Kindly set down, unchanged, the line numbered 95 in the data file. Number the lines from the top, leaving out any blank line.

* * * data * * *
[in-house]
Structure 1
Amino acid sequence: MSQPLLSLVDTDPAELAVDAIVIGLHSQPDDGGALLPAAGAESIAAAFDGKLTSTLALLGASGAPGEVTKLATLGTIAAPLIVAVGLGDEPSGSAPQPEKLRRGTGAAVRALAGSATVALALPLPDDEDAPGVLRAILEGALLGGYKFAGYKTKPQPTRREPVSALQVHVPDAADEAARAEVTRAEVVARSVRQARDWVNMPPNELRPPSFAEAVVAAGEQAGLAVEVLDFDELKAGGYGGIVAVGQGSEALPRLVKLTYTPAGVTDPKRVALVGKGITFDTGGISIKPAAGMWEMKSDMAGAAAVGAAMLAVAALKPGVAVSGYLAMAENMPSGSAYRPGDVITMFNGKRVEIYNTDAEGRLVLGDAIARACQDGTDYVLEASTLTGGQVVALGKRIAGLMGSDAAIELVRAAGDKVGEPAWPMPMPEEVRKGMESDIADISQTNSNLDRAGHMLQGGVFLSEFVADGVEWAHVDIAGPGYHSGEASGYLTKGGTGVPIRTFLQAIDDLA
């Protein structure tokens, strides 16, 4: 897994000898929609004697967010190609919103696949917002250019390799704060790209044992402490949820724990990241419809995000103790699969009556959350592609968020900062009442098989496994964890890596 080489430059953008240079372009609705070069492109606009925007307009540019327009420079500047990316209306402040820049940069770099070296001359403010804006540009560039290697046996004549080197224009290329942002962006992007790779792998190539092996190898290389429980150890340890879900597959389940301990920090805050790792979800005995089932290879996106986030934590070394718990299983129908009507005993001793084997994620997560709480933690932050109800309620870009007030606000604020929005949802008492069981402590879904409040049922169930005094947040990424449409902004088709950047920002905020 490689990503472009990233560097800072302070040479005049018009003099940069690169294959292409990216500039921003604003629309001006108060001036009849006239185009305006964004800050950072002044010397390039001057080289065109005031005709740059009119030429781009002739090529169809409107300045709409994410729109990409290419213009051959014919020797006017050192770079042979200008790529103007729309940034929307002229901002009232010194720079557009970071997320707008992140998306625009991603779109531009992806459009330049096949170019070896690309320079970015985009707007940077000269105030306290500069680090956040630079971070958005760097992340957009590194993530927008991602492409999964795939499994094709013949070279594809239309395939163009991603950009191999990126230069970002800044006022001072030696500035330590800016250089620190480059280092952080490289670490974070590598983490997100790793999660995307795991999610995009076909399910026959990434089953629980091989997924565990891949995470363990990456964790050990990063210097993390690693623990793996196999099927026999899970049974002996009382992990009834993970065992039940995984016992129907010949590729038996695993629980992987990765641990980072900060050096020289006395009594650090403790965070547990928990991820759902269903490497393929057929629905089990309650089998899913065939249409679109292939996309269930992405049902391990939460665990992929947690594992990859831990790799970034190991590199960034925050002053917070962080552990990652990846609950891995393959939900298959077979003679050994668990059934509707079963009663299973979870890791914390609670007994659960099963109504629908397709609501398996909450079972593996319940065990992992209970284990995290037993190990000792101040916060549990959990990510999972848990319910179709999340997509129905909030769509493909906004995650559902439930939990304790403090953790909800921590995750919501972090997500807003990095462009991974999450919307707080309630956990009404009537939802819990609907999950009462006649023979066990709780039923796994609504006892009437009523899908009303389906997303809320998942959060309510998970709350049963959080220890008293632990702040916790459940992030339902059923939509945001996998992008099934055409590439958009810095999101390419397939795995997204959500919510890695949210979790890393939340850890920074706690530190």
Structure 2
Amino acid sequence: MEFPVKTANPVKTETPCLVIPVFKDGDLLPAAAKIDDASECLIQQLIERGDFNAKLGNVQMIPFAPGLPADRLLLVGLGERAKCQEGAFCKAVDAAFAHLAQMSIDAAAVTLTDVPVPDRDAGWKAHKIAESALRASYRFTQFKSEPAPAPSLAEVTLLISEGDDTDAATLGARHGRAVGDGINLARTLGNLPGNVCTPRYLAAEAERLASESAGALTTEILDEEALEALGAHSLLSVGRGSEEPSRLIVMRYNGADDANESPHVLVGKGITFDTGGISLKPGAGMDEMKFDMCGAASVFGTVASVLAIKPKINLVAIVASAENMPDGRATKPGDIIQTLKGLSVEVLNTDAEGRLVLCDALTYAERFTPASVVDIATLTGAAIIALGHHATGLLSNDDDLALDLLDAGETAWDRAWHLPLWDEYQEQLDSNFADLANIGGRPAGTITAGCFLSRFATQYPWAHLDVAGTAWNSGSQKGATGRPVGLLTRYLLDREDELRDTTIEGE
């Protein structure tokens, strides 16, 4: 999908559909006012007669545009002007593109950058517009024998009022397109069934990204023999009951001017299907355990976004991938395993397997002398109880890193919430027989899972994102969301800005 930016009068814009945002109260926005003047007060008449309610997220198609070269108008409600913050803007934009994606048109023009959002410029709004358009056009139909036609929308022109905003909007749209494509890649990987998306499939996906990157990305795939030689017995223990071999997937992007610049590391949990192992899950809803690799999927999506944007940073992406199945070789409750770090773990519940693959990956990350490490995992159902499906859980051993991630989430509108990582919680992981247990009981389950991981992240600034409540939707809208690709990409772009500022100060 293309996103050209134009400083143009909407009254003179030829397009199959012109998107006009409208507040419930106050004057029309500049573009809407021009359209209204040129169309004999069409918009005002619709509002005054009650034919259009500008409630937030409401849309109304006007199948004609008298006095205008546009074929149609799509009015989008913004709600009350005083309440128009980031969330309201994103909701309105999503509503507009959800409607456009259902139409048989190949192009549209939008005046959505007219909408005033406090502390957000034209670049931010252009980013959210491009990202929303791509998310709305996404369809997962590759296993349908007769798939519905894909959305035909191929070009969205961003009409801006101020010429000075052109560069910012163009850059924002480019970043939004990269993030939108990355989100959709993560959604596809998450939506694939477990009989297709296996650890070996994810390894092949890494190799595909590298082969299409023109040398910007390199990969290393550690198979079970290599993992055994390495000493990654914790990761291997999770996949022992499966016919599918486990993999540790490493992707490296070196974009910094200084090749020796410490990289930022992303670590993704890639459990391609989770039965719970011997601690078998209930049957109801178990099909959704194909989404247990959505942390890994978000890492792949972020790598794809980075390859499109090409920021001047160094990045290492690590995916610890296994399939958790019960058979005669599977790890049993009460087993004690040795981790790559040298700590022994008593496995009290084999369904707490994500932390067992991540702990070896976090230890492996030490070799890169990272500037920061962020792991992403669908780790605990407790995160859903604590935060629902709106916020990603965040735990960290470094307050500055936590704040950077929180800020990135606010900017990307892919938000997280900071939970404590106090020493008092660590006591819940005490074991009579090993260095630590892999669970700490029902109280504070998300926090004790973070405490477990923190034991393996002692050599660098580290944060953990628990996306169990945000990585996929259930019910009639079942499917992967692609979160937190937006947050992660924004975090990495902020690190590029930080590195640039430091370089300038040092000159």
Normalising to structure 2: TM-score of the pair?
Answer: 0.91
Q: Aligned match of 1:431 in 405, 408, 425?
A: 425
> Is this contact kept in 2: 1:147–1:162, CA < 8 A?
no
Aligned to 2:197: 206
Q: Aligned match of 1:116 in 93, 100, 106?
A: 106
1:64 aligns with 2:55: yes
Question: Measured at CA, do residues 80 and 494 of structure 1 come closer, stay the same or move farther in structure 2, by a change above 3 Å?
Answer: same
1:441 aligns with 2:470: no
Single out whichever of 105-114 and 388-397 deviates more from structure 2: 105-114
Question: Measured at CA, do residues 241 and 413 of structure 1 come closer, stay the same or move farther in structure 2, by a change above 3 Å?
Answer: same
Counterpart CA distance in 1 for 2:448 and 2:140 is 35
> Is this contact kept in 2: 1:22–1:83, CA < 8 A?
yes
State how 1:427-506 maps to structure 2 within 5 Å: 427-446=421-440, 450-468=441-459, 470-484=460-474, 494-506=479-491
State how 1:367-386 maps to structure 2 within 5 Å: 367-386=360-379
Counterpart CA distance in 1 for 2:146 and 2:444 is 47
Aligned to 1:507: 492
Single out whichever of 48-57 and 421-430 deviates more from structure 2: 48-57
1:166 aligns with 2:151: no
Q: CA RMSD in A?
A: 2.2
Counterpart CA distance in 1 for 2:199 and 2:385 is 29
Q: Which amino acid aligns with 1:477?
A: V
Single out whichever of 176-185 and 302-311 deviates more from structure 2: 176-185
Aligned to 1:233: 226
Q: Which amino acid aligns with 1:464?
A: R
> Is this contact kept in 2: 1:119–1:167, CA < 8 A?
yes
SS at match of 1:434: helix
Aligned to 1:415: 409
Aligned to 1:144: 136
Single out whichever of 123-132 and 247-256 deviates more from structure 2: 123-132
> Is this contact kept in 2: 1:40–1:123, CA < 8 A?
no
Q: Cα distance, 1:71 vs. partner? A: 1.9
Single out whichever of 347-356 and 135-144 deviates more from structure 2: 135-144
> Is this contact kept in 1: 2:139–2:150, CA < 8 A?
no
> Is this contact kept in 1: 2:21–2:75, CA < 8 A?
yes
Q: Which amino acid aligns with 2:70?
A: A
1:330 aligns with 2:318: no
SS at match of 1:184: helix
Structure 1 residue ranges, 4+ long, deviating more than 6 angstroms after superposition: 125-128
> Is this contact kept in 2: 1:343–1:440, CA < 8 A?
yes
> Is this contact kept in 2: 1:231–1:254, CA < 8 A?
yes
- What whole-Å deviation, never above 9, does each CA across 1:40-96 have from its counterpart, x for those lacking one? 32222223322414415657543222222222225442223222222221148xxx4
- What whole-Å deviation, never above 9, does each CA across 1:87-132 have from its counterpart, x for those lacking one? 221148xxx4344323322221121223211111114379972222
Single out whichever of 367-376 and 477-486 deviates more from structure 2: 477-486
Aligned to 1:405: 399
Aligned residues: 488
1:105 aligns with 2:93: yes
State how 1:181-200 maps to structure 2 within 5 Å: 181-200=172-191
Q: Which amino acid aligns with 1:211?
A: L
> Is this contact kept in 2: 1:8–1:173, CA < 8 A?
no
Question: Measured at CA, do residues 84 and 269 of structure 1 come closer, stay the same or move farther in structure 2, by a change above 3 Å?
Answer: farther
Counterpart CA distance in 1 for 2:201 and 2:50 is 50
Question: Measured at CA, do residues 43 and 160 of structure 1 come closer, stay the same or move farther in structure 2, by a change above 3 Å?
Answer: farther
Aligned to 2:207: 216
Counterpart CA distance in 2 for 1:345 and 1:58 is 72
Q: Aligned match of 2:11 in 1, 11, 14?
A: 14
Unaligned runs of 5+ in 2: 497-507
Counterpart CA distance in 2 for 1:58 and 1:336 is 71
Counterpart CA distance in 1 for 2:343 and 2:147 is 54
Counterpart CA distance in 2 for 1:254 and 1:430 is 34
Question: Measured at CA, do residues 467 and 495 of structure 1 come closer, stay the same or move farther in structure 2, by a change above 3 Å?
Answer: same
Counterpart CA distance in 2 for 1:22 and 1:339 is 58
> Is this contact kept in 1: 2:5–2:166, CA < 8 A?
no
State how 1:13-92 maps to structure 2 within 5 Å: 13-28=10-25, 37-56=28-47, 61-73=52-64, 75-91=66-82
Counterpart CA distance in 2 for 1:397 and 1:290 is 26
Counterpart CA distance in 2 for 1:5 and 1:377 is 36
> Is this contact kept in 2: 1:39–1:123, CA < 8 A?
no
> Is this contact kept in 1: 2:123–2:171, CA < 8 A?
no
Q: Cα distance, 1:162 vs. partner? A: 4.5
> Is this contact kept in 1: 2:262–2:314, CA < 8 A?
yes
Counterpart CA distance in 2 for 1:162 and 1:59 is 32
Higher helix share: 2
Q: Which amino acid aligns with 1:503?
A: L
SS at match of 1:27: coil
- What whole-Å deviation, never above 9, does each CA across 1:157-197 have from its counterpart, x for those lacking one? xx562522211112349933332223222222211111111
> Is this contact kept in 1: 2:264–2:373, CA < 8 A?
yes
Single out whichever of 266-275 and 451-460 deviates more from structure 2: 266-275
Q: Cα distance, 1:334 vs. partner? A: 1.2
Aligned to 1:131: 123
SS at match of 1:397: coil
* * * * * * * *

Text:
Counterpart CA distance in 2 for 1:397 and 1:290 is 26